The kind of review that makes me feel ill
READ BEFORE USE WITH STUDENTS—Contains graphic descriptions of violence and drug use.
This book appears to be aimed at a wider demographic than the young adult market targeted by earlier titles such as Black Juice. It employs a similar crossover of genres in the ten short stories included. The stories contain dark themes and challenge readers to interpret language that is skilled and poetic. Appropriate for Senior English and Senior English Extension (Literature).
Words are used more for suggestion than clarification and the intense imagery provokes disturbing ambiguities that will stimulate analysis. A variety of vernacular adds to the interest. Plots vary, but have in common the author’s hallmark quirky ideas. Stories range from one about a woman who is cruelly gagged and punched about the head because of her witch-like ability to make mice and a frightening bogeyman in the manner of Wee Willy Winkie, to the bleaker stories of the machinations of ‘Hell and Heaven’, and the god-like budgie who tenderly provides a simulacrum to protect a family member from the graphically depicted evils of drug taking. [And then, oh my gawd:] Appropriate for investigating the roles of author, reader, text and world while developing an 'understanding of the influence of various contexts on the production of texts and on the reading practices through which readers make meaning' [Just as I always dreamed!].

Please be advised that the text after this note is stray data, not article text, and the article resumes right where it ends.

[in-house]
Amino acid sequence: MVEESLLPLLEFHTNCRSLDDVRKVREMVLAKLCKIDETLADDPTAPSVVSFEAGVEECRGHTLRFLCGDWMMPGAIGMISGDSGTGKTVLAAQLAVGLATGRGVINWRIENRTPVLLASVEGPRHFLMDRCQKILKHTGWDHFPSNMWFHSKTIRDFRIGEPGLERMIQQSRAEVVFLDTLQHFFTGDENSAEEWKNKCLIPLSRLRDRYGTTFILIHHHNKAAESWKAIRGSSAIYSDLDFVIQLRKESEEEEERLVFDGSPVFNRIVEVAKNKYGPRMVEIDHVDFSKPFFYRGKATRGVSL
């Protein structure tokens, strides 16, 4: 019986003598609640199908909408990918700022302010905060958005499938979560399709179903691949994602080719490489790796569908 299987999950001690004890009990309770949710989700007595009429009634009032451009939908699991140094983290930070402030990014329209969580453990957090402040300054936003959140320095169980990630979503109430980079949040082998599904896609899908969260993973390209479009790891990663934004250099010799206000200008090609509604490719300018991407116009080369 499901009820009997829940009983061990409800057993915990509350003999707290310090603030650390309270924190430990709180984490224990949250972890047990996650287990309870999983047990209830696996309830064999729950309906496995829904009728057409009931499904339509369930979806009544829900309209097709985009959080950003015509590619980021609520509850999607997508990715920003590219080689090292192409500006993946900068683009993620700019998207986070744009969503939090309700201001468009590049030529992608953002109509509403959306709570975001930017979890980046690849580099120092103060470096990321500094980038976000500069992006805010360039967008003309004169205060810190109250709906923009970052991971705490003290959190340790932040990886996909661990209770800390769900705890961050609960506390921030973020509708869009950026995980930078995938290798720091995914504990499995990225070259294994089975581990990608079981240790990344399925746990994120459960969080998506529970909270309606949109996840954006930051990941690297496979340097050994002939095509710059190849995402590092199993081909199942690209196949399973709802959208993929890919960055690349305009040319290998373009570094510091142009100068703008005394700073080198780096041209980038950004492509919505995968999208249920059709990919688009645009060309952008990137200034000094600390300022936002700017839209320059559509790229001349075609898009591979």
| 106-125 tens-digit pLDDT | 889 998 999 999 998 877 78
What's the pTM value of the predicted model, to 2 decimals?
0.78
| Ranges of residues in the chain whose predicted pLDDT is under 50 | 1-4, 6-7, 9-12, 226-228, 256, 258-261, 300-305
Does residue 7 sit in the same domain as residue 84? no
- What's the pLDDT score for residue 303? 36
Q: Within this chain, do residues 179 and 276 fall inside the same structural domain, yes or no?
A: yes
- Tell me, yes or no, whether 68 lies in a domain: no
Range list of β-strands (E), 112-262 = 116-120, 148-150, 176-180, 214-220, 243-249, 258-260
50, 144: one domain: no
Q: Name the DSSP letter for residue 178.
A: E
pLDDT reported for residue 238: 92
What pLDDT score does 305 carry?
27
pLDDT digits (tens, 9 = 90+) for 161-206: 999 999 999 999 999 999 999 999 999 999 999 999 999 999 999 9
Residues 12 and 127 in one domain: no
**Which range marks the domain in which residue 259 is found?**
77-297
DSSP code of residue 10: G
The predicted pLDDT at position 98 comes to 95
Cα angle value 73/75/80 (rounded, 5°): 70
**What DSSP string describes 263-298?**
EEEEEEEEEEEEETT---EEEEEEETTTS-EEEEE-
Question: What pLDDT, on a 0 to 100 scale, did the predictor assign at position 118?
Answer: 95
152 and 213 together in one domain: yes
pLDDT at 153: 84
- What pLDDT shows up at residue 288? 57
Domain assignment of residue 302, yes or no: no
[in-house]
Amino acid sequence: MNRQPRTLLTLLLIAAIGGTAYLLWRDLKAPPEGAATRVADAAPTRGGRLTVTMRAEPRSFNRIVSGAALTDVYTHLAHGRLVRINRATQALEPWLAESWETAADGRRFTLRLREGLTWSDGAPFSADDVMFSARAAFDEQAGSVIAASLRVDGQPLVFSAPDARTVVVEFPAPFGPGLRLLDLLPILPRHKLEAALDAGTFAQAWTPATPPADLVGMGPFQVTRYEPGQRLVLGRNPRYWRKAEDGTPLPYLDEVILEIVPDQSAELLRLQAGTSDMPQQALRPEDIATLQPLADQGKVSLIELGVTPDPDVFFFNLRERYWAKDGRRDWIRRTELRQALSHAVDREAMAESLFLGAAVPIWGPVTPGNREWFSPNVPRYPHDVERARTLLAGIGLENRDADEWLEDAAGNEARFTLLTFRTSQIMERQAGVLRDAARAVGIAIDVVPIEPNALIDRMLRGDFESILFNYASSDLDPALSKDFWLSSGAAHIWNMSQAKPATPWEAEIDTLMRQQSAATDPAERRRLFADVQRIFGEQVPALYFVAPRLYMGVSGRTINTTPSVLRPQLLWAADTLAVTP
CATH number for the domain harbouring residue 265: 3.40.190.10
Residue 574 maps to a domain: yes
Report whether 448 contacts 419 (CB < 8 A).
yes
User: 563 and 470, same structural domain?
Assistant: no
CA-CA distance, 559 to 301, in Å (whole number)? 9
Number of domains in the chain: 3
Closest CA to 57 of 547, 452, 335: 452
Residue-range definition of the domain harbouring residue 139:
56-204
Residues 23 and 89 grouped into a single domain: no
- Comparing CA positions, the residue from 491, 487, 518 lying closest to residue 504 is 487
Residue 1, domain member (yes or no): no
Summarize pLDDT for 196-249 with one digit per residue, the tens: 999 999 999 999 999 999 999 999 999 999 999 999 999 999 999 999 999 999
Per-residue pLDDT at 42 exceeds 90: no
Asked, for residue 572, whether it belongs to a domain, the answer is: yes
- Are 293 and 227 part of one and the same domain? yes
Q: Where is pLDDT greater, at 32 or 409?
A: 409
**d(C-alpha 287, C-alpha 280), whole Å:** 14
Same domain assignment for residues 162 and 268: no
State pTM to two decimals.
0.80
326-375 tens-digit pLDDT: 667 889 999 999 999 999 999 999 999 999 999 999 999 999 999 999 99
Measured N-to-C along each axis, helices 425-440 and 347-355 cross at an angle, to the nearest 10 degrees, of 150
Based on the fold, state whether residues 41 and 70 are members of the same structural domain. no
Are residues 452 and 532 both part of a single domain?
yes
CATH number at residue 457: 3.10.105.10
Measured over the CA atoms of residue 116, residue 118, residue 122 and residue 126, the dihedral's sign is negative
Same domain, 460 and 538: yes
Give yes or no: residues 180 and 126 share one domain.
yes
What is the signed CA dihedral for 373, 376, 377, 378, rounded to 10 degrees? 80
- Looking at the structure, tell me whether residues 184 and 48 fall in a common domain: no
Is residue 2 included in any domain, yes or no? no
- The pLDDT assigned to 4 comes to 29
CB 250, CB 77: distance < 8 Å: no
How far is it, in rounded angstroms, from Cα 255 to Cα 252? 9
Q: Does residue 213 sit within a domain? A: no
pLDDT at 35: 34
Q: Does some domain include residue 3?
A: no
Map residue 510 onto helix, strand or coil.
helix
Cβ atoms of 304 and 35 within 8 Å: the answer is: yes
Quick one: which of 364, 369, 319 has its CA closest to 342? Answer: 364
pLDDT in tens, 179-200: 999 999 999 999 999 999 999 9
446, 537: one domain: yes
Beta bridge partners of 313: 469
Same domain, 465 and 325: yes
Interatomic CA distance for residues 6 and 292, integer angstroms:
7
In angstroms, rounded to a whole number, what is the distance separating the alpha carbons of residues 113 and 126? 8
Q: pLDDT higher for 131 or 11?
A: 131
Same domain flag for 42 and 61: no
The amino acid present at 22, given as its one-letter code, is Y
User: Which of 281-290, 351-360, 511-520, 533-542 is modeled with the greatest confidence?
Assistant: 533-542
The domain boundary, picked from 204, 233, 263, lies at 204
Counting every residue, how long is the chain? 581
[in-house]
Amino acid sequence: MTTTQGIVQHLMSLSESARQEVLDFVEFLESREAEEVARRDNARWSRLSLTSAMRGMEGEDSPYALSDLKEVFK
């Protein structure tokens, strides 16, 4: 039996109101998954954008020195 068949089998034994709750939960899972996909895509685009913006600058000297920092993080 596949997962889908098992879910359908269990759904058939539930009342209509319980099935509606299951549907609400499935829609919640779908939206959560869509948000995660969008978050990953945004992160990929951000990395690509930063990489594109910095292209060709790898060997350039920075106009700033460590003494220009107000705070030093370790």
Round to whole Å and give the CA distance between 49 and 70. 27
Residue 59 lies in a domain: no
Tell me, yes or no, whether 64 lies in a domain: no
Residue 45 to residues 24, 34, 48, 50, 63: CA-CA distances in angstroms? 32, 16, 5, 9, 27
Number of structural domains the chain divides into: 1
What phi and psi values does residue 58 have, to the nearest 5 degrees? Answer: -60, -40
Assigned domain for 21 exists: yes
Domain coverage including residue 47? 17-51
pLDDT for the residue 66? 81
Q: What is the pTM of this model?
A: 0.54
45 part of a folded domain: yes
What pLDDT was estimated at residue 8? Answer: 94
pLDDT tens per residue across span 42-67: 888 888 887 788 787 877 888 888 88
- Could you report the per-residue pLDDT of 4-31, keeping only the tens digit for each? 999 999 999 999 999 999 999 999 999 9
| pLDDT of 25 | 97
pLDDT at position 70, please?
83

The, um, 'graphically depicted evils of drug taking'? A girl's boyfriend injects himself. His eyes roll back into his head. She gets bored and leaves.
Oh, okay, the monkey rape scene was pretty violent. But they were monkeys. And I didn't put in anything I hadn't seen on television. And I don't recall there being a warning on the nature documentary about the graphic violence. There you go, though, books are clearly more powerful than television.